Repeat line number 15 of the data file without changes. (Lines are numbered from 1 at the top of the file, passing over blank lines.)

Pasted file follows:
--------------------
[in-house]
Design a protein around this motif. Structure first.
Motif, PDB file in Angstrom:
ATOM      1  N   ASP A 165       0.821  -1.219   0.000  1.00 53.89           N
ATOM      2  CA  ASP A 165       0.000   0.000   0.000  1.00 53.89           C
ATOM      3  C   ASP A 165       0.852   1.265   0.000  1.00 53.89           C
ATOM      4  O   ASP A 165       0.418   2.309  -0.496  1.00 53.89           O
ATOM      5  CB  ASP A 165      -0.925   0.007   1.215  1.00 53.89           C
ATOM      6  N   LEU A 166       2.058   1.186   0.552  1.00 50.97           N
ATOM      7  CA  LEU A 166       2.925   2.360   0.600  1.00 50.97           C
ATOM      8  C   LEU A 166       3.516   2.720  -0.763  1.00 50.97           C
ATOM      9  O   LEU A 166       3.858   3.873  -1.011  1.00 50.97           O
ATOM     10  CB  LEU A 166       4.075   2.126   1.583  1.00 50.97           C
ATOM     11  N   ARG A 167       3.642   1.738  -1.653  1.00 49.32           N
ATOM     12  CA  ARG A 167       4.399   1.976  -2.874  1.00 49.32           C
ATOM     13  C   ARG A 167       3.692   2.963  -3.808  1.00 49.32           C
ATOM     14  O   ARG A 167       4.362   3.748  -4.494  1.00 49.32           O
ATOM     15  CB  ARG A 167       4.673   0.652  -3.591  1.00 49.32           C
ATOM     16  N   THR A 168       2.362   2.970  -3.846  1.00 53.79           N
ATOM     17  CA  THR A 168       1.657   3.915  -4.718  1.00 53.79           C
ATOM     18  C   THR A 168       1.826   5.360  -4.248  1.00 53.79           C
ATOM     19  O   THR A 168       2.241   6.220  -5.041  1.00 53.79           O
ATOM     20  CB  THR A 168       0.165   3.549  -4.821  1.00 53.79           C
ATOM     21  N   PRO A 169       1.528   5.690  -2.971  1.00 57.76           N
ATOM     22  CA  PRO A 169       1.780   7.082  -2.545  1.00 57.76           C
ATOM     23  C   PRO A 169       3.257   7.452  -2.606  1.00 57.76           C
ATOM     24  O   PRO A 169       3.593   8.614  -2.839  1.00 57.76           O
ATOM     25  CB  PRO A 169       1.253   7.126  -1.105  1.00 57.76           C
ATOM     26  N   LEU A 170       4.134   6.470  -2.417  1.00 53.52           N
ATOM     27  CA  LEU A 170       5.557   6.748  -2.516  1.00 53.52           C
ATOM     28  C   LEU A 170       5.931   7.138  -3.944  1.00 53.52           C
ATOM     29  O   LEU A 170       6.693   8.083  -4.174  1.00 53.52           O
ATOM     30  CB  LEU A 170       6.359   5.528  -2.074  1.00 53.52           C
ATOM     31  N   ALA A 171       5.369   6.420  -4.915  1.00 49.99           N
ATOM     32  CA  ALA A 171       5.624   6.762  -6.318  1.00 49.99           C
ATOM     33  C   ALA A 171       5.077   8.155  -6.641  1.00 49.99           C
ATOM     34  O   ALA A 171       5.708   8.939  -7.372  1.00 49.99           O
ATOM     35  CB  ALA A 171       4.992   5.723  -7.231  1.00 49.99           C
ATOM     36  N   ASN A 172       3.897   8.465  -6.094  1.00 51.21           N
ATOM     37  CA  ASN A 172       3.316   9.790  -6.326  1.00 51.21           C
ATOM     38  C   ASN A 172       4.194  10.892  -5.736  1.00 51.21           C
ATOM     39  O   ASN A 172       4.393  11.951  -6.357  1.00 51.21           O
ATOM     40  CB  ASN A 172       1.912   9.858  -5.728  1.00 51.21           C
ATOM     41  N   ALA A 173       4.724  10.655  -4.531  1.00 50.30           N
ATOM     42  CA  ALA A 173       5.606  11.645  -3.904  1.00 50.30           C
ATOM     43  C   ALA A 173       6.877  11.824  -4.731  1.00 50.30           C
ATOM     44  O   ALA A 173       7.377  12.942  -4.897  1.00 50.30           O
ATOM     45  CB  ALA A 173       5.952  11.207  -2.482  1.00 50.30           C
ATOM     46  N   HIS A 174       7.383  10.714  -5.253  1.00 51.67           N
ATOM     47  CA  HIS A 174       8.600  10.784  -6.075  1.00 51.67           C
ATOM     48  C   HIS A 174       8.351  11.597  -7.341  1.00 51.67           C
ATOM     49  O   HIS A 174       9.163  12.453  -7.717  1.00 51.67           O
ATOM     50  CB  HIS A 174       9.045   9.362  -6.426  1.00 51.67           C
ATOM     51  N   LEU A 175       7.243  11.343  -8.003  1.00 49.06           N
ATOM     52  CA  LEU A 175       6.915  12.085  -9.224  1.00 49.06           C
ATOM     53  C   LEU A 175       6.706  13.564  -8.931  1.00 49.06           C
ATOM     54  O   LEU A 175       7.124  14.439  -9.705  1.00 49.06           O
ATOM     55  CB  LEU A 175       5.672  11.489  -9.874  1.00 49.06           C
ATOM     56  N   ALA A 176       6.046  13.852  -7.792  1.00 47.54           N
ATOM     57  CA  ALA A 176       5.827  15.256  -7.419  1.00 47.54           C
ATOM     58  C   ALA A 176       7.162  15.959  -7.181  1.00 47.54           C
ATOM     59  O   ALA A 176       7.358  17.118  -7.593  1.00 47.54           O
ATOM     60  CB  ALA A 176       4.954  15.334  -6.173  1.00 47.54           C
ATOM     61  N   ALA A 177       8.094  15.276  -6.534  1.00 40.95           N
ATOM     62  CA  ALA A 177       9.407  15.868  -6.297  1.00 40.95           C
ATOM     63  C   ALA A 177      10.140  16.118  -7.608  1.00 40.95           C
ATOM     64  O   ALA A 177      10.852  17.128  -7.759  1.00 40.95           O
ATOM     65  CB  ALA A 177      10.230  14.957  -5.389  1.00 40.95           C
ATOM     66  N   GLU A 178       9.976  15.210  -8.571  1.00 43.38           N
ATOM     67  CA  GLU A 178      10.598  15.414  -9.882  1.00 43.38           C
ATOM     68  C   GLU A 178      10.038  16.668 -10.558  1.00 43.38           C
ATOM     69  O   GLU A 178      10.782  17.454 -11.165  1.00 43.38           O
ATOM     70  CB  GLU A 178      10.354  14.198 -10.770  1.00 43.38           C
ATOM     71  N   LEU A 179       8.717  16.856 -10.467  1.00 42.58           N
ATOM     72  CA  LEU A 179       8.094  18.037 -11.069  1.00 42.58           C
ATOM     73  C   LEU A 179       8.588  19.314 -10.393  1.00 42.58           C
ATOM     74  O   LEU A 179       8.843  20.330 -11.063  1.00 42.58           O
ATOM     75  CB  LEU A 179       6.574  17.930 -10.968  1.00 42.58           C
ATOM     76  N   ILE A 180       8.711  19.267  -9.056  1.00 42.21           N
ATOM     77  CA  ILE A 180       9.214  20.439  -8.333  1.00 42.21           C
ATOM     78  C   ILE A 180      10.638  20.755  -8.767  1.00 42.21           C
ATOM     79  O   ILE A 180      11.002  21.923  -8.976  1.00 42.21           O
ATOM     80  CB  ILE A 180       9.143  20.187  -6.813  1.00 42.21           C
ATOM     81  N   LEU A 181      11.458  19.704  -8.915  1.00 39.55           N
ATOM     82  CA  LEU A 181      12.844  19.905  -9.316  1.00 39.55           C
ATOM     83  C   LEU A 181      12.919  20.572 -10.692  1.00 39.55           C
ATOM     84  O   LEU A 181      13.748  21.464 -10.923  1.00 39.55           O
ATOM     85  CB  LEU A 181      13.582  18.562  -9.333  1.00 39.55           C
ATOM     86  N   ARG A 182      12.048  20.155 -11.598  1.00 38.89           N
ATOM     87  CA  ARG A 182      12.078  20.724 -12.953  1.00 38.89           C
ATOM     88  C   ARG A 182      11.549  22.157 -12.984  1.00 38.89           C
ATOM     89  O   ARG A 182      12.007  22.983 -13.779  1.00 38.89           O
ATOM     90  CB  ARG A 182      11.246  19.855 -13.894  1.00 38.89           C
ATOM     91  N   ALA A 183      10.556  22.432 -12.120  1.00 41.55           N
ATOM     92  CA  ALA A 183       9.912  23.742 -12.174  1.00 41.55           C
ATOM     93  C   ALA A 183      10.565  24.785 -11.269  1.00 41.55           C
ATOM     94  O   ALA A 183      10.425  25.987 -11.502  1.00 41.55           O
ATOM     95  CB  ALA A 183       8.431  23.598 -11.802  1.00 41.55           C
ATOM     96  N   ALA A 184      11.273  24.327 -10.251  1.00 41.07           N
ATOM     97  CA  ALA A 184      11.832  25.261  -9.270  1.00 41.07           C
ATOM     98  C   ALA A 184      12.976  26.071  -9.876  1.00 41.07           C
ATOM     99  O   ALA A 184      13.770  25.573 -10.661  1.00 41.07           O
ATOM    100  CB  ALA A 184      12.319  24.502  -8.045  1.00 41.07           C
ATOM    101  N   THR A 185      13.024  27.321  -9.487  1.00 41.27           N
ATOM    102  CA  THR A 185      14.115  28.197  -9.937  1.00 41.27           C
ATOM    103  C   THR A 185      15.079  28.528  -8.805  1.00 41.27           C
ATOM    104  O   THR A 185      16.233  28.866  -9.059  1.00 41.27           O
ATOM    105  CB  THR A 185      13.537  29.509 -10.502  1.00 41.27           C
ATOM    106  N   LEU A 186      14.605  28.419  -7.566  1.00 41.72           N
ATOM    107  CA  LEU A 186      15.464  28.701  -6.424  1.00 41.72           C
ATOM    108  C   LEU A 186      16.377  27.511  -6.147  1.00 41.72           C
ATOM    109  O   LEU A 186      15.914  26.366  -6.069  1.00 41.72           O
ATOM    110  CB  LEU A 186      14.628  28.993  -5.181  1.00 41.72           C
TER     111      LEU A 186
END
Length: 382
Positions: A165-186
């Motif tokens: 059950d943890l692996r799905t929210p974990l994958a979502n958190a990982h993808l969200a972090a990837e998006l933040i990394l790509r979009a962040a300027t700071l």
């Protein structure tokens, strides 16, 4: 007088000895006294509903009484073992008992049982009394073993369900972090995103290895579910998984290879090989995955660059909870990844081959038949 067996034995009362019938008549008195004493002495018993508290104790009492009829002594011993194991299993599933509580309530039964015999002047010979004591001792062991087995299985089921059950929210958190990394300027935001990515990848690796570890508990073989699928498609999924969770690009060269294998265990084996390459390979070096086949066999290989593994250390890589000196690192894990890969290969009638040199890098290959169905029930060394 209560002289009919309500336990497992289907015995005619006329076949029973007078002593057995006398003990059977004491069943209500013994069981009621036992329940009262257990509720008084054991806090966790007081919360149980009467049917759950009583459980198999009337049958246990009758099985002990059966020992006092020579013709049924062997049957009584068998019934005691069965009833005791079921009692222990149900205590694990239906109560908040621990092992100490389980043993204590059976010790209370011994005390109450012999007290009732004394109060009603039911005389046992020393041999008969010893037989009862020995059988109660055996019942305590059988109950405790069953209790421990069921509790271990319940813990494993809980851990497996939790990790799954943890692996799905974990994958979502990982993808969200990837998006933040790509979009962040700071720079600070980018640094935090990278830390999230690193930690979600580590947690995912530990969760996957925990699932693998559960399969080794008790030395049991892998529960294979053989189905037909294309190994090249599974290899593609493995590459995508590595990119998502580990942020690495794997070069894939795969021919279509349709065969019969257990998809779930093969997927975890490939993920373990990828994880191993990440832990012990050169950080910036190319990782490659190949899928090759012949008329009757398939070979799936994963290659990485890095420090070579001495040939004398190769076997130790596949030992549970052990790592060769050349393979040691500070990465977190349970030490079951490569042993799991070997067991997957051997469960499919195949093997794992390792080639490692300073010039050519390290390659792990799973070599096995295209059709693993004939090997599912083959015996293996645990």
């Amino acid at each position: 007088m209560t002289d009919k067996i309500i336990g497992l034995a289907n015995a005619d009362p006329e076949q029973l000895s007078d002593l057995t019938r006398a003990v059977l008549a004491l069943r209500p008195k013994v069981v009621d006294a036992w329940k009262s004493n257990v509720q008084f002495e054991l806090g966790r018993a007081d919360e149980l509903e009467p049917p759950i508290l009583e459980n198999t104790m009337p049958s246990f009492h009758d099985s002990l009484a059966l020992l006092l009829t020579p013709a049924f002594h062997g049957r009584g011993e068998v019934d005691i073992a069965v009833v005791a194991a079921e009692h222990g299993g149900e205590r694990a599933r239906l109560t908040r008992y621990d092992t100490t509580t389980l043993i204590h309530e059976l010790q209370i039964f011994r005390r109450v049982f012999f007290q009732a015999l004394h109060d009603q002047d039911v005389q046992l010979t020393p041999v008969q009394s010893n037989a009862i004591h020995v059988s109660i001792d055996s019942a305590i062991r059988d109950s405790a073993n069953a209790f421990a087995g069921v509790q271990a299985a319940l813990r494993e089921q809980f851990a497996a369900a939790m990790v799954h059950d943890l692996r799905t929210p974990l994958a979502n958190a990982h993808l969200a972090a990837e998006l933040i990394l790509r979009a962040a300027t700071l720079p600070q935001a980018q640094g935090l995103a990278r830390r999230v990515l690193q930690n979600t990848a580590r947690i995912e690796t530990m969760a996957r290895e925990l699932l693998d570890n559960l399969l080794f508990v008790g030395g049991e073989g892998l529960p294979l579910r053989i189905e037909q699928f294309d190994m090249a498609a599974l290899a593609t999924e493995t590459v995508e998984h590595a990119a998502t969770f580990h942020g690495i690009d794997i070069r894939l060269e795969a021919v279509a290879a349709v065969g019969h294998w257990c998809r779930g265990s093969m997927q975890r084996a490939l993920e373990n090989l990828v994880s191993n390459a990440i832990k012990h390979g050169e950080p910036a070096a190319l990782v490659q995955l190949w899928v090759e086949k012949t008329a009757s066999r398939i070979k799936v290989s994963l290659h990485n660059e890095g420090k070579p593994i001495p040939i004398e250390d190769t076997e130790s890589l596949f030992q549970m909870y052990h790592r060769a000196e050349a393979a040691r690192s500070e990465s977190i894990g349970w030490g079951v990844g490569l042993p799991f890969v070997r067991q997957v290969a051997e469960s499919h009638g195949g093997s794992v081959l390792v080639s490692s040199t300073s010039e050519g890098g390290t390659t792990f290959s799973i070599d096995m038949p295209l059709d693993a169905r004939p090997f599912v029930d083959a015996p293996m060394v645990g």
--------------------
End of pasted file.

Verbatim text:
ATOM     12  CA  ARG A 167       4.399   1.976  -2.874  1.00 49.32           C